“What comes out of a man is what makes him `unclean’. For from within, out of men’s hearts, come evil thoughts, sexual immorality, theft, murder, adultery, greed, malice, deceit, lewdness, envy, slander, arrogance and folly. All these evils come from inside and make a man `unclean’.” (MA 7:20-23)

As water reflects a face, so a man’s heart reflects the man. (Pr 27:19)

Above all else, guard your heart, for it is the wellspring of life. (Pr 4:23)

Your ‘inner life’ is an accurate representation of the real you. No matter what service you perform for God, or what you appear to be to others, the important thing is the purity of your inner self. Consider the words of Christ as he speaks to the Pharisees and the teachers of the law.

“Woe to you, teachers of the law and Pharisees, you hypocrites! You clean the outside of the cup and dish, but inside they are full of greed and self-indulgence. Blind Pharisee! First clean the inside of the cup and dish, and then the outside also will be clean. “Woe to you, teachers of the law and Pharisees, you hypocrites! You are like whitewashed tombs, which look beautiful on the outside but on the inside are full of dead men’s bones and everything unclean. In the same way, on the outside you appear to people as righteous but on the inside you are full of hypocrisy and wickedness. (Matthew 23:25-28)

The Pharisees were an obvious case of hypocrisy. But not so obvious that they noticed. They spent all of their time making sure that they obeyed the letter of the law perfectly. From the outside, it appeared that they were keeping God’s law perfectly and were therefore righteous men. In spite of all their work, they are all dismissed as being filled with greed, self-indulgence, hypocrisy and wickedness. What a shock this accusation must have been to them.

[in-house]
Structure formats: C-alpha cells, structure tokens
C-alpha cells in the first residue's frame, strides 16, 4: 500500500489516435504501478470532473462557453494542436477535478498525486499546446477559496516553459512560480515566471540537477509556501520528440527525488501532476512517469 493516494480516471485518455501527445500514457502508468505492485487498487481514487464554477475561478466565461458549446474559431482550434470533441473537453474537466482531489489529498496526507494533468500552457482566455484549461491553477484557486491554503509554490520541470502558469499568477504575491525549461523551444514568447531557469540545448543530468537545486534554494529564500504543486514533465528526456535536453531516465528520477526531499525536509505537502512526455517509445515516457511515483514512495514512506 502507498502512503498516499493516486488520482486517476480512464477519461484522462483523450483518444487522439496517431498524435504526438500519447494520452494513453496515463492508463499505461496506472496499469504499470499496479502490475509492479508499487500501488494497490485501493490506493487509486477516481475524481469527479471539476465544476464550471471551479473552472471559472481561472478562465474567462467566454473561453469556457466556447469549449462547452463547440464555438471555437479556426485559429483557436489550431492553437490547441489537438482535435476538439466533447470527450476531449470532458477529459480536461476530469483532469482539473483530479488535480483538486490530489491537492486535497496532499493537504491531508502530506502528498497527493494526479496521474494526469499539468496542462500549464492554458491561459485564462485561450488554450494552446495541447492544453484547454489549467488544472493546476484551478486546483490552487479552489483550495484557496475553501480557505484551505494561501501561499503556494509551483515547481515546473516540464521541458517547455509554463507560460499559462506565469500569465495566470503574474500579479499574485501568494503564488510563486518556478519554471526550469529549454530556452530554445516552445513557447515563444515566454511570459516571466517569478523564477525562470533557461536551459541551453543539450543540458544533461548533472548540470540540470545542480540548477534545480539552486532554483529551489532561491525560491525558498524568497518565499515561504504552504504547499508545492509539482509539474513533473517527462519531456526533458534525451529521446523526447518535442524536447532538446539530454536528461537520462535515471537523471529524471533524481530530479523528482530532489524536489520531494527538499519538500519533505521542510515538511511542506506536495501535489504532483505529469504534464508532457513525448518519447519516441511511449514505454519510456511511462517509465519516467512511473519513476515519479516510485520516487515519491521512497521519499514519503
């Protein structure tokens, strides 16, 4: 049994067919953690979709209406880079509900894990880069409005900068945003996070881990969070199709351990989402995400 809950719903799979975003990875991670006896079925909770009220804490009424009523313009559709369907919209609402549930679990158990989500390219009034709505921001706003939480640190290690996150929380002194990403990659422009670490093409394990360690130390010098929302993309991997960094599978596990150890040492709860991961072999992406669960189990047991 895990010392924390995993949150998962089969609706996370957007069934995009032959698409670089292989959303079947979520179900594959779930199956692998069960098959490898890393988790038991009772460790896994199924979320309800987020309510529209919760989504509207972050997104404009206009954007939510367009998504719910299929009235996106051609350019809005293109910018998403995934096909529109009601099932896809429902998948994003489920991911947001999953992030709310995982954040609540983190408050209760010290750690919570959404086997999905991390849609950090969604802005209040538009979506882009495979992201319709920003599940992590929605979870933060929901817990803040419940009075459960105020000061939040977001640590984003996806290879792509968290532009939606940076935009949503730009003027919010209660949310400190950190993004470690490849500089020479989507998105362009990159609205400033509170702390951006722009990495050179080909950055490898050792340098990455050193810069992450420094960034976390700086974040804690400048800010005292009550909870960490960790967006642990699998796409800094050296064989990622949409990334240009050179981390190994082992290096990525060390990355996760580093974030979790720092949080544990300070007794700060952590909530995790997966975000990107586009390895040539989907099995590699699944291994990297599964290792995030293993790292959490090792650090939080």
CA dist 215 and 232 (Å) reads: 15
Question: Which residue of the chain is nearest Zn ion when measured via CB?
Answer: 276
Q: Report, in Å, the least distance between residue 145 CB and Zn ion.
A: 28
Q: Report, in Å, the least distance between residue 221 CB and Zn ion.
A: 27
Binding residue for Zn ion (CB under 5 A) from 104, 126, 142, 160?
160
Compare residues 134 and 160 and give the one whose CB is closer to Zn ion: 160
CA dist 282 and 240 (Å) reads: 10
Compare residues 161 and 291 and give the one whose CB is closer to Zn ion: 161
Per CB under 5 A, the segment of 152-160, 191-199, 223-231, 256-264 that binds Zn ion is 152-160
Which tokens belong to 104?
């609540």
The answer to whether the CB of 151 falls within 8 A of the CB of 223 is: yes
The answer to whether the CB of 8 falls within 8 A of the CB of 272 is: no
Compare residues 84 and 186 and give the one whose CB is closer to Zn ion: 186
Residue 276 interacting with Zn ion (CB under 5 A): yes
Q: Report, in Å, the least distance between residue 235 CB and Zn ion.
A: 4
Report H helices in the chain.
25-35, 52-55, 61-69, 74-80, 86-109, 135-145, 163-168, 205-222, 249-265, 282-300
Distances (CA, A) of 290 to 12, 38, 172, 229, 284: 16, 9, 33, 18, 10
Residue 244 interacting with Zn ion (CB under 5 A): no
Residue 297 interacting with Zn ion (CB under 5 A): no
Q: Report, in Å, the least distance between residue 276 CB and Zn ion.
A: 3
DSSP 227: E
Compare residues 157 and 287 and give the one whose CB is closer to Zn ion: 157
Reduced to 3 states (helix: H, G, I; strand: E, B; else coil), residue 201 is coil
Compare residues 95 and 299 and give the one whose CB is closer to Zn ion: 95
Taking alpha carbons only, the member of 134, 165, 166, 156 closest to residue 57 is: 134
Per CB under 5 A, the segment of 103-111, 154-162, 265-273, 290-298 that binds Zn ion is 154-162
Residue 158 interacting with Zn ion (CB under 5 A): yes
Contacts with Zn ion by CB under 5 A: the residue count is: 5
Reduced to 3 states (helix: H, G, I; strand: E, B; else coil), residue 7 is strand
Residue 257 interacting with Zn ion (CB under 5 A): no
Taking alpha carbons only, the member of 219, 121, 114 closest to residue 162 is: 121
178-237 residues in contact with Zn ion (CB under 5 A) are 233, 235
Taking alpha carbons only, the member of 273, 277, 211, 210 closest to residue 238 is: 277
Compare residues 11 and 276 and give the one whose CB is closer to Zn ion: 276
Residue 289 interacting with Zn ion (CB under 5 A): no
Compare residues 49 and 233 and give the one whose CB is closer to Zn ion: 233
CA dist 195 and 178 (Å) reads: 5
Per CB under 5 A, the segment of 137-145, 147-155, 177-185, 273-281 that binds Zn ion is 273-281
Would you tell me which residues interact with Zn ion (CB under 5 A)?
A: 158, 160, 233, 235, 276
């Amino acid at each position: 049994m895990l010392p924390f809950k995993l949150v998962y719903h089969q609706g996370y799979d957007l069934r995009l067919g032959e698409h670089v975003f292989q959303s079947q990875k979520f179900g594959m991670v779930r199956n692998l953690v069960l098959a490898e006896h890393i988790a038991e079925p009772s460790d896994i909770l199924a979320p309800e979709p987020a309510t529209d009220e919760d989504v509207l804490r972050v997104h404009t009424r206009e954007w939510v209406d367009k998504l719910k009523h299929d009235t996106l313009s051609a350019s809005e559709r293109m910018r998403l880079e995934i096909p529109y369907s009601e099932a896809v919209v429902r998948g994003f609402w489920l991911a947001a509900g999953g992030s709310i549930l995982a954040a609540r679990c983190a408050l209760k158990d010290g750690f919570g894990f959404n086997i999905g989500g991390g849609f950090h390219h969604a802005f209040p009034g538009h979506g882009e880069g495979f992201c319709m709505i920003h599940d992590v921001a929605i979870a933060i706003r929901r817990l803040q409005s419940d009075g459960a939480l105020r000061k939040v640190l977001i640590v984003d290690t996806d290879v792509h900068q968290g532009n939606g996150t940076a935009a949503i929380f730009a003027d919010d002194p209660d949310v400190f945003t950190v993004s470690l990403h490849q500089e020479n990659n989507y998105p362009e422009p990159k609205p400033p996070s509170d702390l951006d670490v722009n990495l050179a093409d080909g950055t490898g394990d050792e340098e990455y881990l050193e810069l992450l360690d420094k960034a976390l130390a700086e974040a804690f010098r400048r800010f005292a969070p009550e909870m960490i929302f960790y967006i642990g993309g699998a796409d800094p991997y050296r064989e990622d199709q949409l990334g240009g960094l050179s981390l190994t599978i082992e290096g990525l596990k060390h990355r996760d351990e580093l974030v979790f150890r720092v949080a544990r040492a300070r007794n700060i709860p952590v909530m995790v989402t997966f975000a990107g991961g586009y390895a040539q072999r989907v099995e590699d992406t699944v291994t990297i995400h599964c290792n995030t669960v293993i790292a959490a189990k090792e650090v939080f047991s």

You see, our God is not impressed with what we appear to be. We are all very good at ‘playing Church’. No, God is most interested in what we are like on the inside. He wishes to change us from the inside out. His goal is to make us clean on the inside so that we would naturally be clean on the outside. If you are clean in your heart, then you will automatically be clean on the outside. Paul talks about the importance of having a loving heart.

If I speak in the tongues of men and of angels, but have not love, I am only a resounding gong or a clanging cymbal. If I have the gift of prophecy and can fathom all mysteries and all knowledge, and if I have a faith that can move mountains, but have not love, I am nothing. If I give all I possess to the poor and surrender my body to the flames, but have not love, I gain nothing. (1 Corinthians 13:1-3)

Paul says that I can have great gifts, give everything I have away to the needy, and even give up my life for Christ, but if I do not have love, it counts for nothing at all.

But what does all this have to do with meditation?

Please go and read the rest of this at!


1 Comment

Filed under Doctrine, Scripture

One response to “Meditating on Scripture

  1. Thanks for posting this. It is so true and very convicting. I have always heard that you can “put off” bad thoughts, but if you don’t replace them with something pure and meaningful (i.e. Scripture, etc.) they will just come back. If we “put off” wrong thinking, we must “put on” biblical thoughts. And, of course, we can do nothing apart from the Spirit.